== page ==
Fact Check: Is Asking Someone If They Are Vaccinated a HIPAA Violation?

Marjorie Taylor Greene, a Republican lawmaker from Georgia, refused to disclose her COVID vaccination status on Tuesday after a reporter asked her about it at a press conference.

Greene was recently suspended from Twitter for spreading misinformation about COVID vaccines and the disease on the social network.

Her refusal to discuss her vaccine status comes as some private businesses in the U.S. are asking customers about their vaccine status, as the lifting of mask mandates in most settings applies only to fully-vaccinated people, according to CDC guidelines.

The Claim

When Greene was asked by a reporter about her vaccine status, she refused to answer the question, calling it "a violation of my HIPAA rights."

On July 20 she said: "With HIPAA rights, we don't have to reveal our medical records and that also involves our vaccine records."

Greene has made similar claims in the past. In May, she tweeted: "Vax records, along with ALL medical records are private due to HIPPA rights."

The Facts

HIPAA is a federal law that aims to protect citizen privacy by restricting how health information can be disclosed. It also provides right of access to one's own health records.

One aspect of HIPAA is the Privacy Rule. The basic principle is that protected health information (PHI) cannot be disclosed by organizations that the rule applies to unless the rule permits it, or unless the protected citizen authorizes it.

Protected health information is defined as any data that can identify someone and is related to an individual's past, present or future physical or mental health or condition; the provision of health care to the individual; or payment for the provision of that health care to the individual.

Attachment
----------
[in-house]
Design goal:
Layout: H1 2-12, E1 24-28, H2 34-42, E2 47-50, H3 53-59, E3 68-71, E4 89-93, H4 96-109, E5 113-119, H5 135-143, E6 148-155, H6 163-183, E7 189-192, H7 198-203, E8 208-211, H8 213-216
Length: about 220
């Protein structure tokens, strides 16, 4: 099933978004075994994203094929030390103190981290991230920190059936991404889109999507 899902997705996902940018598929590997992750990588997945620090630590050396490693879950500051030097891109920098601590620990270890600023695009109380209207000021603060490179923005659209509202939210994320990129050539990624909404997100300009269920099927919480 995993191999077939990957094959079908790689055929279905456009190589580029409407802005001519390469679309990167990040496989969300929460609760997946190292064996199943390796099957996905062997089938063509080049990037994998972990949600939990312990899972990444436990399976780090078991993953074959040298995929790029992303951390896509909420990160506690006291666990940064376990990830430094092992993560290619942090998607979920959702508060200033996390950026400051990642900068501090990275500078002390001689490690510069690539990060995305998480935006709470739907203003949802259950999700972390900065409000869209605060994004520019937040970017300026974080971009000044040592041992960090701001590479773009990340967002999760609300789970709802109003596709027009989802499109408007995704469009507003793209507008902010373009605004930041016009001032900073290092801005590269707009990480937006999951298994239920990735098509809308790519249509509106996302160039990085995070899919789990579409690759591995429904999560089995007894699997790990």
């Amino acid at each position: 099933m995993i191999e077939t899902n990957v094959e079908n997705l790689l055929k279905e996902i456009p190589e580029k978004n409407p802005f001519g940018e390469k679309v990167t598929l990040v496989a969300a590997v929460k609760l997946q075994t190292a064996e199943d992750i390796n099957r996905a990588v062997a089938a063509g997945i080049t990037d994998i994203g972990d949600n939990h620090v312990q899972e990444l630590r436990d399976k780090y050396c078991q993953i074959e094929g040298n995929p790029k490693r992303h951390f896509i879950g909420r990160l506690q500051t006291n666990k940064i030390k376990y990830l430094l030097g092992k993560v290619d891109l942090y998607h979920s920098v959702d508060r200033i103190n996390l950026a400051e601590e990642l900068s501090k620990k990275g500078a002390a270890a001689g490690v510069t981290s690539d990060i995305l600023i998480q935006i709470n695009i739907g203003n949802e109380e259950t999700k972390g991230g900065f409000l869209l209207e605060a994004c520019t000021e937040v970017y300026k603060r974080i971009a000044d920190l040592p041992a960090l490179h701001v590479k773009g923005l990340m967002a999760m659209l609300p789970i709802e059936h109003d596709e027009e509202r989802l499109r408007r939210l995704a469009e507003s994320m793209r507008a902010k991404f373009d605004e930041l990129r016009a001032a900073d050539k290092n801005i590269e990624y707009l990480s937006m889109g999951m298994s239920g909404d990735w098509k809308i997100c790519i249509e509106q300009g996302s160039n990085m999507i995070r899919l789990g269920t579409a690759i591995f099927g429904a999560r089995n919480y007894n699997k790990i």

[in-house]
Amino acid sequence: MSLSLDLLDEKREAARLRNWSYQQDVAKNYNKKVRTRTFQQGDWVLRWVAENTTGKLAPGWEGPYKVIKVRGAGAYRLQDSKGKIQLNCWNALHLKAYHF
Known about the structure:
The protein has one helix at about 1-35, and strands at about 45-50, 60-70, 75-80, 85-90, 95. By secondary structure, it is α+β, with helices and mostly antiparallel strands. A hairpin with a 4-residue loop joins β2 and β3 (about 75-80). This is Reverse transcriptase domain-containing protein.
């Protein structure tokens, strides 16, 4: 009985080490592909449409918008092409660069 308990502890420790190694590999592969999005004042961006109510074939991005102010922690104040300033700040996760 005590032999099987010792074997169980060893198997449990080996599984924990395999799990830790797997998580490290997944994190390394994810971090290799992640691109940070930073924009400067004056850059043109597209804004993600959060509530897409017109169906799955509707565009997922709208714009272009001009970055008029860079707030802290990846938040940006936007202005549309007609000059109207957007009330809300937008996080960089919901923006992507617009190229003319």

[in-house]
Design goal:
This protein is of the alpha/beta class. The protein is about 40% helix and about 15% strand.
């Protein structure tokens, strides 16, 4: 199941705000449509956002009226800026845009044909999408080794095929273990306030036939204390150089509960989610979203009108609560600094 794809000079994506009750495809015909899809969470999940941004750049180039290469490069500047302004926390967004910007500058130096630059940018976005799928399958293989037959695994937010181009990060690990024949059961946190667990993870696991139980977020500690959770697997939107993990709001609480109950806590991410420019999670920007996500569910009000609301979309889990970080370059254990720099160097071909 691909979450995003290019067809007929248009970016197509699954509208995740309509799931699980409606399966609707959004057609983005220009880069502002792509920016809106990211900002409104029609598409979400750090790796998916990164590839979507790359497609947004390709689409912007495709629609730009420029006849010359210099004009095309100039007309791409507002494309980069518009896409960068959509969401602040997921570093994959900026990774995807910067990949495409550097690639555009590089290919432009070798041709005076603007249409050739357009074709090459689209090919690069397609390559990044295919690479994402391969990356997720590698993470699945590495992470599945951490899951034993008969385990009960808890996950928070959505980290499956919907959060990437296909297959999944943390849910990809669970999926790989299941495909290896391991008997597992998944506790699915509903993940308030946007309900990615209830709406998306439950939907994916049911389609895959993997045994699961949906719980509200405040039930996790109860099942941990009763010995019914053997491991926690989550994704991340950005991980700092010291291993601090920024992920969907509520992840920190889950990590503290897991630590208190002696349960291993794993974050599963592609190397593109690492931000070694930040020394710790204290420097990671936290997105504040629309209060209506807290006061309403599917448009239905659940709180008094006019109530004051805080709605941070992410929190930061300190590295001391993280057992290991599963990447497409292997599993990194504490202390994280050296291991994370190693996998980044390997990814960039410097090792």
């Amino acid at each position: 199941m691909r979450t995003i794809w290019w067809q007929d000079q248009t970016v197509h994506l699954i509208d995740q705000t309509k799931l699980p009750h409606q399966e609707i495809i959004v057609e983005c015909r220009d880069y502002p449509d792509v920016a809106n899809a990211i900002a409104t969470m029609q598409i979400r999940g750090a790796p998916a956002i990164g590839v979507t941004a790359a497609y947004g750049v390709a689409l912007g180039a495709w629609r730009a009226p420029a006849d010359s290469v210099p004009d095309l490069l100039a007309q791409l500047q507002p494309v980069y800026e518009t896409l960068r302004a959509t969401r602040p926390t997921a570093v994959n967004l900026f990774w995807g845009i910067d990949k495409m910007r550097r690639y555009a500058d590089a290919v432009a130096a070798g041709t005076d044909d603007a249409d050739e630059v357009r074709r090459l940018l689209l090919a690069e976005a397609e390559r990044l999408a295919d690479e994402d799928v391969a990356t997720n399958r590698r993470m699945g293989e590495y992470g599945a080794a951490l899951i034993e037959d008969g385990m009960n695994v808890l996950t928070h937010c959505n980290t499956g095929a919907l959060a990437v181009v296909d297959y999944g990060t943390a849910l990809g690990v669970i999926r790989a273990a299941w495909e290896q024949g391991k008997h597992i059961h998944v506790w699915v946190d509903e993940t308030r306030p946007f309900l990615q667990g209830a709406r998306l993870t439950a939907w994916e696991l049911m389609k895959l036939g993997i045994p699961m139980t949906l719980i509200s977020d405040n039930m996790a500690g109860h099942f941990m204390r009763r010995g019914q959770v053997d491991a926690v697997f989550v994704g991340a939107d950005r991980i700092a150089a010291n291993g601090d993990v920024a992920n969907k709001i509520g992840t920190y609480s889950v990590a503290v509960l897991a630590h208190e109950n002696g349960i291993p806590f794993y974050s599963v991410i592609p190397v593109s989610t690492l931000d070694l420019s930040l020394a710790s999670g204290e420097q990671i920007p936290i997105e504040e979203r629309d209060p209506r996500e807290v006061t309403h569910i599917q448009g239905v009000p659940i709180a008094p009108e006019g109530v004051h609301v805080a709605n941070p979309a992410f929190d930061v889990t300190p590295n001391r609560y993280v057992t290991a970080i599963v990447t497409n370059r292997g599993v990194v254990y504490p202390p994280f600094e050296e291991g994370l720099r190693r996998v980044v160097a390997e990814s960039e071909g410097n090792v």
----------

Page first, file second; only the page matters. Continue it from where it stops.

There are two points to consider when answering whether Greene's claim is false. One is that HIPAA rules only apply to certain health care entities, and not to everyone. Entities that must follow HIPAA rules include health plan providers and health care providers as well as associates of such businesses.

Employers, most law enforcement agencies, and most schools are not required to follow HIPAA laws, according to the U.S. Department of Health & Human Services (HHS).

The second point is that HIPAA puts control in the hands of people whose health information is being discussed. This means that individuals can decide whether or not to disclose their health information if asked, and simply being asked is not necessarily a violation of HIPAA.

Newsweek has contacted Greene, the CDC, and HHS for comment.

A CDC spokesperson told Reuters in May for a fact-check article on whether businesses asking for COVID-19 vaccine status are violating HIPAA: "Individuals may choose whether to provide the vaccination card to anyone who asks to see it." The spokesperson said that private businesses are within their rights to ask for vaccination status.

The Ruling

Fact Check - False

False.

Greene's claim that being asked about her vaccination status was a violation of her HIPAA rights is false.

HIPAA rules prevent certain entities from improperly disclosing your health information. The rules do not mean that no one can ask you about your health information.

FACT CHECK BY NEWSWEEK

Marjorie Taylor Greene
Marjorie Taylor Greene, pictured at a news conference at her office in Capitol Hill, Washington D.C. on July 20, 2021. The Republican has spoken out against vaccine status disclosure. Alex Wong/Getty